While the three conditions listed above might be necessary to the eventual outbreak of mass unrest, at least in the non-Western world, they are not sufficient. Zine Ben Ali was Tunisia’s dictator for 23 years. Hosni Mubarak has "led" Egypt for 30 years. Conditions in both countries have been ripe for a popular uprising for much of that time. So what is the missing ingredient? It is probably not one thing, but rather a chain of things. Here is the surmise put forth by my wife, the anthropologist Janet Amighi:
A. The default positions among the population of these dictatorships are fear and passivity.
B. Then something particularly outrageous (Bouaziz’s public suicide) or inspiring (successful revolt in Tunisia) occurs.
C. This event is enough to overcome the fear and passivity of a small number of people who publicly protest.
D. For whatever reason they are not immediately suppressed and this encourages others to take the chance of coming into the streets.
E. At this point the authorities have a choice. You either come down very hard on the protesters, which usually includes shooting many of them down, or you positively respond to their demands. Or sometimes the authorities are so stunned and uncertain they just do nothing. In 1989 in China the government choose to shoot the people in Tianamen Square. In Tunisia and also in Iran of the Shah, and now in Egypt too, the government hesitated or, as seems likely in the case of Tunisia, the army refused to shoot down the citizenry.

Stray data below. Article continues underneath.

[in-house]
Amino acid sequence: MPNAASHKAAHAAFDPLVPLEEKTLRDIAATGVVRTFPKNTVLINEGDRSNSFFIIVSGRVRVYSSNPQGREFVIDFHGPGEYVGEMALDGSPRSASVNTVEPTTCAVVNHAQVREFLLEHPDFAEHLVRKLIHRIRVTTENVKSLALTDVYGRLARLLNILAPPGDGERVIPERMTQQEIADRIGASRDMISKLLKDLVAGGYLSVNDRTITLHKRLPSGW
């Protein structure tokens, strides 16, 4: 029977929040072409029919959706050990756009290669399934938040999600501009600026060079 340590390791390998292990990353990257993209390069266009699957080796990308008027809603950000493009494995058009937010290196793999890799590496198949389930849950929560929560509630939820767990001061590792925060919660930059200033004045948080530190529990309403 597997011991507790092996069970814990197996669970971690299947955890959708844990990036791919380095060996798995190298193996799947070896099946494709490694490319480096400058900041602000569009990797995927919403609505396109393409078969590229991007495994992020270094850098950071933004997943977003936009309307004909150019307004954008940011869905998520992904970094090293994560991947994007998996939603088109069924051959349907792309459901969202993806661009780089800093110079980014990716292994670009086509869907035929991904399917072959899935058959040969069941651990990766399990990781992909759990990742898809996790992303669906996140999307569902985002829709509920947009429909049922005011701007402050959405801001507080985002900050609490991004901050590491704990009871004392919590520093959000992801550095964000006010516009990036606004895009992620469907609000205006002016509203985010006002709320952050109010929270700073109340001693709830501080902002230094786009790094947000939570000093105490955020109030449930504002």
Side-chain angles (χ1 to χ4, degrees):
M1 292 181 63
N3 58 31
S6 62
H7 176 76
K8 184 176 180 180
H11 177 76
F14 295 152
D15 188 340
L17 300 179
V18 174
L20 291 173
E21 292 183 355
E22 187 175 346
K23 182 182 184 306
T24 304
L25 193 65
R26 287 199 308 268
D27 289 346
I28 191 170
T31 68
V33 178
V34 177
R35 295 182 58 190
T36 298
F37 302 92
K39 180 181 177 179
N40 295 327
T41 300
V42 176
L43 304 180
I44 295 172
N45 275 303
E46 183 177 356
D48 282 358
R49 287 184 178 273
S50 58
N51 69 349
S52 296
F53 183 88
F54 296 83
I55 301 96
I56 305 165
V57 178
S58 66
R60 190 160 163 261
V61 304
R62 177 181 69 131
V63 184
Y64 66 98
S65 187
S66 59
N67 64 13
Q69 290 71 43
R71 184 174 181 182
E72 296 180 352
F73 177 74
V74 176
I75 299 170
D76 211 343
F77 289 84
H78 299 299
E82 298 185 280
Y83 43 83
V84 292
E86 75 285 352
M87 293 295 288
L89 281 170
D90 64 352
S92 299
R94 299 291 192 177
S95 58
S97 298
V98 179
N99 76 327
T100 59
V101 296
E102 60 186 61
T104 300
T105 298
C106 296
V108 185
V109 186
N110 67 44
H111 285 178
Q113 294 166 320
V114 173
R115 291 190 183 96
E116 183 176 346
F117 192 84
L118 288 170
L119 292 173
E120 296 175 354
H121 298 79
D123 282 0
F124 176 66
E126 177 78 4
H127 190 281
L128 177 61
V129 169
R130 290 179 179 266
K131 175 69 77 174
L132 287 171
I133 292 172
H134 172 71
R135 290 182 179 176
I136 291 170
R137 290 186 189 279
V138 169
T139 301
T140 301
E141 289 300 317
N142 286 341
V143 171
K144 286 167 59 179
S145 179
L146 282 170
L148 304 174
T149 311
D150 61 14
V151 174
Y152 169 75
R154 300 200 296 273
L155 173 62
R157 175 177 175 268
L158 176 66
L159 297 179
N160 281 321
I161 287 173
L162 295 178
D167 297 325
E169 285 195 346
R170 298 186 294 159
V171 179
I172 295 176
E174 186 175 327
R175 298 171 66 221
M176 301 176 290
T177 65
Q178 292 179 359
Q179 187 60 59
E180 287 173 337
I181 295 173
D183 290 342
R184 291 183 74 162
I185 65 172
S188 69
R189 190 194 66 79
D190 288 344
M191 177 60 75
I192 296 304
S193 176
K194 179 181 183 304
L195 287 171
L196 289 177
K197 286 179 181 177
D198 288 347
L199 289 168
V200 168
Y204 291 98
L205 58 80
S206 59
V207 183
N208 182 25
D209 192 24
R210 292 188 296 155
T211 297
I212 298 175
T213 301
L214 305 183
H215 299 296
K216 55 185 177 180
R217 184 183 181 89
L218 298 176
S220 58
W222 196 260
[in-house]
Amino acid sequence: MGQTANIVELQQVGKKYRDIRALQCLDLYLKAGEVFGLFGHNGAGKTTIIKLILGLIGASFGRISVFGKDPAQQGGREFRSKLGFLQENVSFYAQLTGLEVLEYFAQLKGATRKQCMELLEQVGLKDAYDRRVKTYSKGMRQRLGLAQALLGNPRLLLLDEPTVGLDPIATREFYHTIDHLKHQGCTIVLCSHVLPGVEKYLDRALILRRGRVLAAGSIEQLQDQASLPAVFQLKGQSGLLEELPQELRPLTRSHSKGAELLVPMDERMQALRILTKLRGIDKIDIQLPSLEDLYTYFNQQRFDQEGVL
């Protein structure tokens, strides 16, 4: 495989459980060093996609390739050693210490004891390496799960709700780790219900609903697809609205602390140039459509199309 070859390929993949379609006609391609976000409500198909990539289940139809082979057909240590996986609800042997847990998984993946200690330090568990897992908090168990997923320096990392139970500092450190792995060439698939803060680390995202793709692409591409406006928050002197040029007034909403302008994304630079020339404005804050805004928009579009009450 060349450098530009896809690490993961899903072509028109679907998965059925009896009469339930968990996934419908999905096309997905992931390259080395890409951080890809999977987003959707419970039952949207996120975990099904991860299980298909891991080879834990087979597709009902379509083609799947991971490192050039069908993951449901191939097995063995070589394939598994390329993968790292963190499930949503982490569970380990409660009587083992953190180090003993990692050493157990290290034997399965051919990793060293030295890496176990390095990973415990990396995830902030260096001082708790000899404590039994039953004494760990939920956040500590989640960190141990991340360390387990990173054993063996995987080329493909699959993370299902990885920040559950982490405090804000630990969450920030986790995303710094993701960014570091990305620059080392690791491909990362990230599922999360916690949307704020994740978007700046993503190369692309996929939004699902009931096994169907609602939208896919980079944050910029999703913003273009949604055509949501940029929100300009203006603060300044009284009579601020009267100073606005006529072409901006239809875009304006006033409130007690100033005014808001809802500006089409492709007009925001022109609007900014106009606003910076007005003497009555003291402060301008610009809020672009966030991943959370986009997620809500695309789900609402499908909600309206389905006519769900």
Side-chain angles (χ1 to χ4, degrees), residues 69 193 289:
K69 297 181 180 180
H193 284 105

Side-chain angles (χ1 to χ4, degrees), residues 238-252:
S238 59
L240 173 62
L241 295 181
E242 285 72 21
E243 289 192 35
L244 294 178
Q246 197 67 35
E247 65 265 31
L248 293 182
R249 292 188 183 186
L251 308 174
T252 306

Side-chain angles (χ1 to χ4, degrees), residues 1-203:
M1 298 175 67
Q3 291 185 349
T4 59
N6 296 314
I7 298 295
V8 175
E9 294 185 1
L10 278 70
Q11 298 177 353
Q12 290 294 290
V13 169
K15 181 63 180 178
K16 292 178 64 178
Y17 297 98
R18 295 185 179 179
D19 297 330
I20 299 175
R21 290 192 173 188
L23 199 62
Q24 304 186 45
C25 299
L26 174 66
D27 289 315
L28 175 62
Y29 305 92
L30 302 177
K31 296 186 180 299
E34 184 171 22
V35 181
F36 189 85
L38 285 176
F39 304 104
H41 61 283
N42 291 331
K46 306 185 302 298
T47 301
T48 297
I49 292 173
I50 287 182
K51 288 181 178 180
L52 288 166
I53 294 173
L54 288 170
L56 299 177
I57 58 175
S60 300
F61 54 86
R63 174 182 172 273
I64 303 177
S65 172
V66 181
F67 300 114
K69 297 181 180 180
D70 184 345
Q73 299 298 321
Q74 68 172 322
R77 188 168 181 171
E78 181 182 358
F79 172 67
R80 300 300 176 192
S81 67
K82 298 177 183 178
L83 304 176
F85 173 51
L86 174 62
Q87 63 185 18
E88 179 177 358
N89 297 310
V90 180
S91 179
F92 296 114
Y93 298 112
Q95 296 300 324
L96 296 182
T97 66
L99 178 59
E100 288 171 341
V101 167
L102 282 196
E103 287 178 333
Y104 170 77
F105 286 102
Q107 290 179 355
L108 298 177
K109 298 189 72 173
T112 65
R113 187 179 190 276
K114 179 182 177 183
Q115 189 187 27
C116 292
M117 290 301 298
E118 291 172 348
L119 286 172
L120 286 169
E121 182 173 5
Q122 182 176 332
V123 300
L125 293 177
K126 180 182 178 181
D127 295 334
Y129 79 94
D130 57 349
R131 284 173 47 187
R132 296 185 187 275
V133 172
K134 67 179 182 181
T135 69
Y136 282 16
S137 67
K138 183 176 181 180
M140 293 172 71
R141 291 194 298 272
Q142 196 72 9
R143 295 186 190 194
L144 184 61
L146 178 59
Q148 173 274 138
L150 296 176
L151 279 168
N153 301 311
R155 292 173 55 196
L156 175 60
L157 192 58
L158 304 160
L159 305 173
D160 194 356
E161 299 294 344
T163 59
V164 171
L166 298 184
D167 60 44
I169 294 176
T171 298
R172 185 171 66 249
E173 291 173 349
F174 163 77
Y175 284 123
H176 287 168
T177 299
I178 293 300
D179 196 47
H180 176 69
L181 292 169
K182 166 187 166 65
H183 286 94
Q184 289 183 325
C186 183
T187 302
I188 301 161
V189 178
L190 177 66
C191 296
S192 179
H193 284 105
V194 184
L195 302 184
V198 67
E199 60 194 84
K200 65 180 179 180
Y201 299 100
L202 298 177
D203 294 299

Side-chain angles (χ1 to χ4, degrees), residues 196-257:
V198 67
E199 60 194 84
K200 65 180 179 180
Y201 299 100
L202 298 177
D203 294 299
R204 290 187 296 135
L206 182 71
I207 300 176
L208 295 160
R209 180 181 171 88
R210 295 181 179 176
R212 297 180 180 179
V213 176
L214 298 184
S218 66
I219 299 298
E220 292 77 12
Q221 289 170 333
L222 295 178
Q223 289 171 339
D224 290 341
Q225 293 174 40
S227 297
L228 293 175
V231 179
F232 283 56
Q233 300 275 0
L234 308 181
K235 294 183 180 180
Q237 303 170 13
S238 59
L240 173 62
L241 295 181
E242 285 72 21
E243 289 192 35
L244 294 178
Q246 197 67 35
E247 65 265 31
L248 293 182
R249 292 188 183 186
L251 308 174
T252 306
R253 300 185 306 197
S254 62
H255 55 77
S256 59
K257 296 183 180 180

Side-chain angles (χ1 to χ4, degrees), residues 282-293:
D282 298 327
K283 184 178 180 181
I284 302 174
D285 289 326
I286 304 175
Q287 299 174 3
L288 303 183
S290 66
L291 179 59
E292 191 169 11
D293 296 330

F. Whatever the reason, hesitation on the part of the government that goes on long enough changes the default norms. Passivity and fear ebb and all the discontent and hatred that has built up over the decades comes pouring out. At that point the days of most dictatorial regimes are numbered.
For a very long time now the U.S. has put its money on the dictators. Washington has bought both them and their armies so as to have the leverage to economically exploit their countries and dictate their foreign policies. We officially call this arrangement "stability." It works most of the time because most people are in fact passive and fearful. Yet, at the same time the U.S. government has presented itself as the champion of democracy. This is mostly for domestic American consumption, but it does make it difficult for Washington to turn around and advocate the slaughter of protesters in those rare moments when such a choice presents itself.